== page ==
The Harijan dated May 11, 1935 published an interview given by Gandhiji to a missionary nurse before that date. The nurse asked him, �would you prevent missionaries coming to India in order to baptize? Gandhiji replied, �If I had power and could legislate, I should certainly stop all proselytizing. It is the cause of much avoidable conflict between classes and unnecessary heart-burning among the missionaries�.

In Hindu households the advent of a missionary has meant the disruption of the family coming in the wake of change of dress, manners, language, food and drink�. The nurse commented, �Is it not the old conception you are referring to? No such is now associated with proselytisation�. Gandhiji was well-informed about the missionary methods. He said, �The outward condition has perhaps changed but the inward mostly remains the same. Vilification of Hindu religion, though subdued, is there���

About the humanitarian work Gandhiji had this to say. , � the other day a missionary descended on a famine area with money in his pocket, distributed it among the famine-stricken, converted them to his fold, took charge of their temple and demolished it. This is outrageous. The temple could not belong to the converted, and it could not belong to the Christian missionary. But this friend goes and gets it demolished at the hands of the very men who only a little while ago believed that God was there.�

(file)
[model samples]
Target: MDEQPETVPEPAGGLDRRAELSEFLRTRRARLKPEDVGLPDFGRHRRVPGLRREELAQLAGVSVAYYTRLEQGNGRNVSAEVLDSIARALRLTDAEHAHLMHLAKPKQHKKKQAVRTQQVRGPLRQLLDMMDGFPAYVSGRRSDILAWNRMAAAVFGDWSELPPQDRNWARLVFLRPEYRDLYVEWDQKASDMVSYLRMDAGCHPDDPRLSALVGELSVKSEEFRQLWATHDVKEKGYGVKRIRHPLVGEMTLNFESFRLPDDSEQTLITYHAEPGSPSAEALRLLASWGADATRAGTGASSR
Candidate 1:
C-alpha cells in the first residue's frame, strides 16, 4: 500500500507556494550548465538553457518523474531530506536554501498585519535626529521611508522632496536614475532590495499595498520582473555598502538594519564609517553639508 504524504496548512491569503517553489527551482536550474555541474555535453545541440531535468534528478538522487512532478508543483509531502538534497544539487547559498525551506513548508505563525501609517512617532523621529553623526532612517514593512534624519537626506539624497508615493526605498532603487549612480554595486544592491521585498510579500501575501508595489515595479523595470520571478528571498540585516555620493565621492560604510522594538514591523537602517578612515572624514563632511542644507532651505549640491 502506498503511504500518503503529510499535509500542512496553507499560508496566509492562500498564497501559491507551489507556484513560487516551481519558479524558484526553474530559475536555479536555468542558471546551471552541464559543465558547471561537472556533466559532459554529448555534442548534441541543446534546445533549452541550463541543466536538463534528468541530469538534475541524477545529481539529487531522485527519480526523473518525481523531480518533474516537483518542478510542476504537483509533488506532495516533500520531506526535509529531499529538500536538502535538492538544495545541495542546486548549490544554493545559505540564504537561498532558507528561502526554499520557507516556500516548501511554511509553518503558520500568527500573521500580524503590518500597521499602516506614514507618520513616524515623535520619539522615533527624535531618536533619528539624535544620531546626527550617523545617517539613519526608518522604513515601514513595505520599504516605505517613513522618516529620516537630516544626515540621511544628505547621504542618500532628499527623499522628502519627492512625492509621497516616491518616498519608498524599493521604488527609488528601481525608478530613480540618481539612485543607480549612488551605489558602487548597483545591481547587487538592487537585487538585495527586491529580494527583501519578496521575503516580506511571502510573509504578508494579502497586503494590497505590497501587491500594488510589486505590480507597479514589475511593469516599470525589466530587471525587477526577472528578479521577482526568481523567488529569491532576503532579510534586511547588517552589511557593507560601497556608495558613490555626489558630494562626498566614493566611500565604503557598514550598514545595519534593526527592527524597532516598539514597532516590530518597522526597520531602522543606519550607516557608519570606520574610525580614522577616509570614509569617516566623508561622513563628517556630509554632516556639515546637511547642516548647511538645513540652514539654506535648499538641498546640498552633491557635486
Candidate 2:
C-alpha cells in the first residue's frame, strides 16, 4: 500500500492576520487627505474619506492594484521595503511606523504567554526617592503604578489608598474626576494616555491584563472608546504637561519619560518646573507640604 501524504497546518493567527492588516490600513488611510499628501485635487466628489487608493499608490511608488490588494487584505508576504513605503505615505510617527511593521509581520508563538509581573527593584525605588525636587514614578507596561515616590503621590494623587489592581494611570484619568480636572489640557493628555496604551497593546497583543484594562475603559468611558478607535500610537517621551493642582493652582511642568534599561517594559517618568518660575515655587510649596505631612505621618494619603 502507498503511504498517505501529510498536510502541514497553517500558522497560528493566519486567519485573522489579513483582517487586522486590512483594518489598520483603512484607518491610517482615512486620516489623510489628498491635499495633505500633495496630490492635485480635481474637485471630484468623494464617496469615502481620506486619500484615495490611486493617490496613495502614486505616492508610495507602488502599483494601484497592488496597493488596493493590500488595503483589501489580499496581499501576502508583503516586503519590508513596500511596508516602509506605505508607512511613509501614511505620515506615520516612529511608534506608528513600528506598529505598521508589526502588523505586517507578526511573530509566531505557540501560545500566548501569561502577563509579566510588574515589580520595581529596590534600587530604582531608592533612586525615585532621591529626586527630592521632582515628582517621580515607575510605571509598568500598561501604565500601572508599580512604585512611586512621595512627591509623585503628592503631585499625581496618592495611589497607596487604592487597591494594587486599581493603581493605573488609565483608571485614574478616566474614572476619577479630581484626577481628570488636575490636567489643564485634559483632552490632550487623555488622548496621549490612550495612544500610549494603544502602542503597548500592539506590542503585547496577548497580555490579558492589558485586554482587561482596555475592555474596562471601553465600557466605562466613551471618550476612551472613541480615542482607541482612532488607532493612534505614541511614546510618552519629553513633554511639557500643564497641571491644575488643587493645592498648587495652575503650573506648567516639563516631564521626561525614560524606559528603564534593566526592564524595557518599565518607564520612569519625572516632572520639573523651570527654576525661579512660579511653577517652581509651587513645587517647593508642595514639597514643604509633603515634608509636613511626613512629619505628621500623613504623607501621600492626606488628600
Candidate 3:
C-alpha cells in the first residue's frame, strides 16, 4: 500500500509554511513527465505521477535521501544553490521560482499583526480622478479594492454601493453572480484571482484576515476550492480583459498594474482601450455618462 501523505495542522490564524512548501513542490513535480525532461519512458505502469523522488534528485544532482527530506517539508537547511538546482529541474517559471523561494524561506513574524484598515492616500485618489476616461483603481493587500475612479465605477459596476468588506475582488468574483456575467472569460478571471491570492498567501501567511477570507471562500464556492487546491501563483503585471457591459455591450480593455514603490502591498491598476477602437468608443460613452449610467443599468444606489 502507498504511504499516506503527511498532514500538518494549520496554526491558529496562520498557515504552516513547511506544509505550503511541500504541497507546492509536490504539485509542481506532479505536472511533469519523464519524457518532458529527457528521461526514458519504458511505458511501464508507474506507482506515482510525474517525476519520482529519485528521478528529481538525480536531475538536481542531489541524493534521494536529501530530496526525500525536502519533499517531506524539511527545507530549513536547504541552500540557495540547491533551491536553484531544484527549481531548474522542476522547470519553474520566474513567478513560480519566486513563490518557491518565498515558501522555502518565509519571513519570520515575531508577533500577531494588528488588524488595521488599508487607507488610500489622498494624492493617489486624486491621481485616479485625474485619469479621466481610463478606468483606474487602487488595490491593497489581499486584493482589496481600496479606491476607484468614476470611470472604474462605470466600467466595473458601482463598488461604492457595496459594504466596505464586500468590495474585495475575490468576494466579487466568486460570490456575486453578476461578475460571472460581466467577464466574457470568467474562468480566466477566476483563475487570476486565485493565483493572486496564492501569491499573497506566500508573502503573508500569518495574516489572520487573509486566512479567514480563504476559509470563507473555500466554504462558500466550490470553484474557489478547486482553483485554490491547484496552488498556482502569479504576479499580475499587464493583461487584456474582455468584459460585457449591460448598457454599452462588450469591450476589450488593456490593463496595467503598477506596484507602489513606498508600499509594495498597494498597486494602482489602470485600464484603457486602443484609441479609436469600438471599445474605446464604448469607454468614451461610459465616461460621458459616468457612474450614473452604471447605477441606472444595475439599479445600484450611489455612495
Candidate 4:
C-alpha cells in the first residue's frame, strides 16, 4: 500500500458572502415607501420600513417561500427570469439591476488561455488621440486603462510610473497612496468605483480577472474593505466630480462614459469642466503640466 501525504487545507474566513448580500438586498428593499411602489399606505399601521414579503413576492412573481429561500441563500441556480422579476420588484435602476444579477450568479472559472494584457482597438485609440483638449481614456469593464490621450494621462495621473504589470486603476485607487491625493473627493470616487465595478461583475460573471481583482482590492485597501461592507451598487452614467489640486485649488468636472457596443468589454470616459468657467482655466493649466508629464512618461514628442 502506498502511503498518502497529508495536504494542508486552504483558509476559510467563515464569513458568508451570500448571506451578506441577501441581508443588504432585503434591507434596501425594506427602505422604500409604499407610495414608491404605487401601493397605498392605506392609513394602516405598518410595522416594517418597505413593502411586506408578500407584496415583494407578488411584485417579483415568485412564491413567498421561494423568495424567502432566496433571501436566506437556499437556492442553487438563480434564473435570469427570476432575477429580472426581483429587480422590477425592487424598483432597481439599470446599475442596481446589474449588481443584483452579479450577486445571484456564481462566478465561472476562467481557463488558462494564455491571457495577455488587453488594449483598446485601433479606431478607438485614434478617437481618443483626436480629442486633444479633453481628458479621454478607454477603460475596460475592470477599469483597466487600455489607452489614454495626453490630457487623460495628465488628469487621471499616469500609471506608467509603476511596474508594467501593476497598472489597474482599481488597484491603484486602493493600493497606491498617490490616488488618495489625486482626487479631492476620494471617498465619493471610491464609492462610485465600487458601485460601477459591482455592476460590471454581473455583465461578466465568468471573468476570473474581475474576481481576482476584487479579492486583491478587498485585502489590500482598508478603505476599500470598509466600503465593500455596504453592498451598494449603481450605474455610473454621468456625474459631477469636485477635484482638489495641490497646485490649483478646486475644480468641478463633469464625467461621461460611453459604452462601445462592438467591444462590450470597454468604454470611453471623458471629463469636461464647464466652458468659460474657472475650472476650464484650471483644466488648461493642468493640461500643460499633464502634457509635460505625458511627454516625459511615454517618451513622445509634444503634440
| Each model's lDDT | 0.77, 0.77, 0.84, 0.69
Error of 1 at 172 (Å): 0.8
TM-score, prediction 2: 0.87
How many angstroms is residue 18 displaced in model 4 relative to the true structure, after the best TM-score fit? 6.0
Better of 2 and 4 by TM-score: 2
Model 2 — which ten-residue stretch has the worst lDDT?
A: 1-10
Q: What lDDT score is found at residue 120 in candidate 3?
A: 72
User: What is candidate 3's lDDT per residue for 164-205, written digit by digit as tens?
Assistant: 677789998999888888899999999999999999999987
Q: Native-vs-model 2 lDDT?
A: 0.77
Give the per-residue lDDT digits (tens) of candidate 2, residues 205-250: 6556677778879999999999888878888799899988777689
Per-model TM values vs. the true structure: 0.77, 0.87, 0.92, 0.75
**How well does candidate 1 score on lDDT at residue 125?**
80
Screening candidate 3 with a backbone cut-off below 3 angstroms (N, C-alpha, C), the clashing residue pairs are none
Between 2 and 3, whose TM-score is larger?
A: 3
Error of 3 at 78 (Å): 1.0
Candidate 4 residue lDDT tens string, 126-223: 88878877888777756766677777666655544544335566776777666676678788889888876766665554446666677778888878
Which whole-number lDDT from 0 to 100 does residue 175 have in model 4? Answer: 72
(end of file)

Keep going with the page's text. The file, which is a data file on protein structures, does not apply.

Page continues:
The incident of a Polish student asking Gandhiji�s autograph, on the photo, is very revealing of the motives of the missionaries. A Polish student brought a photograph to Gandhiji and got it autographed by him. �There is,� he said, �a school conducted by Catholic Fathers. I shall help the school from the proceeds of the sale of this photograph.� Gandhiji took back the photograph from the student and said, �Ah, that is a different story. You do not expect me to finance the Fathers in their mission of conversion? The Harijan dated July 18, 1936, published a discussion which Gandhiji had with Pierre Ceresole (PC), his very admiring Christian friend and some Christian missionaries.

(PC) Would you be really happy if I stayed at home?

(Gandhiji)I cannot say that. But I will certainly say that I have never been able to understand your going out of America. Is there nothing to do there?

(P.C) Even in America there is enough scope for educational work.